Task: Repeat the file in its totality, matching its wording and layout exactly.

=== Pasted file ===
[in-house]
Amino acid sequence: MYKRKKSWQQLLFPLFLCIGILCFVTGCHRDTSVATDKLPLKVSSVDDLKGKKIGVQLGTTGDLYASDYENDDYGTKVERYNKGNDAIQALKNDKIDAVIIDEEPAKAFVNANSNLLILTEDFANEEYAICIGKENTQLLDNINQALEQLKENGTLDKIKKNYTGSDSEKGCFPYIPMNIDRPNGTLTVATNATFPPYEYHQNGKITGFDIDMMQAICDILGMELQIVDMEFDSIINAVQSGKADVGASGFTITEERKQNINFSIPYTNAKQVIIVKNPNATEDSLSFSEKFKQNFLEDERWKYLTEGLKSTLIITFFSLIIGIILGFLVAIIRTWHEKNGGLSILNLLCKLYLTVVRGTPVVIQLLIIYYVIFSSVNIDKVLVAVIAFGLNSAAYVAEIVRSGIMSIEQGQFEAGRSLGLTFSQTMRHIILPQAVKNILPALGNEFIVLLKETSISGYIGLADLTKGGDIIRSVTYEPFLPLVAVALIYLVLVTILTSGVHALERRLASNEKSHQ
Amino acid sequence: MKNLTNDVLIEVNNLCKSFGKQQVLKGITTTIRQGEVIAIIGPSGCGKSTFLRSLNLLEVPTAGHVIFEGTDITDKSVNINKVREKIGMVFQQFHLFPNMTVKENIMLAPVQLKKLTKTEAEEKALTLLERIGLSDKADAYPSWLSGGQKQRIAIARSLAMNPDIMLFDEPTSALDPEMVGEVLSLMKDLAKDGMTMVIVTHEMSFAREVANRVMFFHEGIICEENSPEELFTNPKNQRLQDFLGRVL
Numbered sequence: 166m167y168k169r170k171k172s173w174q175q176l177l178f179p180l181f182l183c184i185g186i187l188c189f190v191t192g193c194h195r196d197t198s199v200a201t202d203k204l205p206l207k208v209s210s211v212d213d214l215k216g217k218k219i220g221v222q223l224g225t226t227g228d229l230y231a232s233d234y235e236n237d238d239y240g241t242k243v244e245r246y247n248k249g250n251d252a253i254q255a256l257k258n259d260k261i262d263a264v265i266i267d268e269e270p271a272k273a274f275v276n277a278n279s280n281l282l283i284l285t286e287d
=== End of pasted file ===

[in-house]
Amino acid sequence: MYKRKKSWQQLLFPLFLCIGILCFVTGCHRDTSVATDKLPLKVSSVDDLKGKKIGVQLGTTGDLYASDYENDDYGTKVERYNKGNDAIQALKNDKIDAVIIDEEPAKAFVNANSNLLILTEDFANEEYAICIGKENTQLLDNINQALEQLKENGTLDKIKKNYTGSDSEKGCFPYIPMNIDRPNGTLTVATNATFPPYEYHQNGKITGFDIDMMQAICDILGMELQIVDMEFDSIINAVQSGKADVGASGFTITEERKQNINFSIPYTNAKQVIIVKNPNATEDSLSFSEKFKQNFLEDERWKYLTEGLKSTLIITFFSLIIGIILGFLVAIIRTWHEKNGGLSILNLLCKLYLTVVRGTPVVIQLLIIYYVIFSSVNIDKVLVAVIAFGLNSAAYVAEIVRSGIMSIEQGQFEAGRSLGLTFSQTMRHIILPQAVKNILPALGNEFIVLLKETSISGYIGLADLTKGGDIIRSVTYEPFLPLVAVALIYLVLVTILTSGVHALERRLASNEKSHQ
Amino acid sequence: MKNLTNDVLIEVNNLCKSFGKQQVLKGITTTIRQGEVIAIIGPSGCGKSTFLRSLNLLEVPTAGHVIFEGTDITDKSVNINKVREKIGMVFQQFHLFPNMTVKENIMLAPVQLKKLTKTEAEEKALTLLERIGLSDKADAYPSWLSGGQKQRIAIARSLAMNPDIMLFDEPTSALDPEMVGEVLSLMKDLAKDGMTMVIVTHEMSFAREVANRVMFFHEGIICEENSPEELFTNPKNQRLQDFLGRVL
Numbered sequence: 166m167y168k169r170k171k172s173w174q175q176l177l178f179p180l181f182l183c184i185g186i187l188c189f190v191t192g193c194h195r196d197t198s199v200a201t202d203k204l205p206l207k208v209s210s211v212d213d214l215k216g217k218k219i220g221v222q223l224g225t226t227g228d229l230y231a232s233d234y235e236n237d238d239y240g241t242k243v244e245r246y247n248k249g250n251d252a253i254q255a256l257k258n259d260k261i262d263a264v265i266i267d268e269e270p271a272k273a274f275v276n277a278n279s280n281l282l283i284l285t286e287d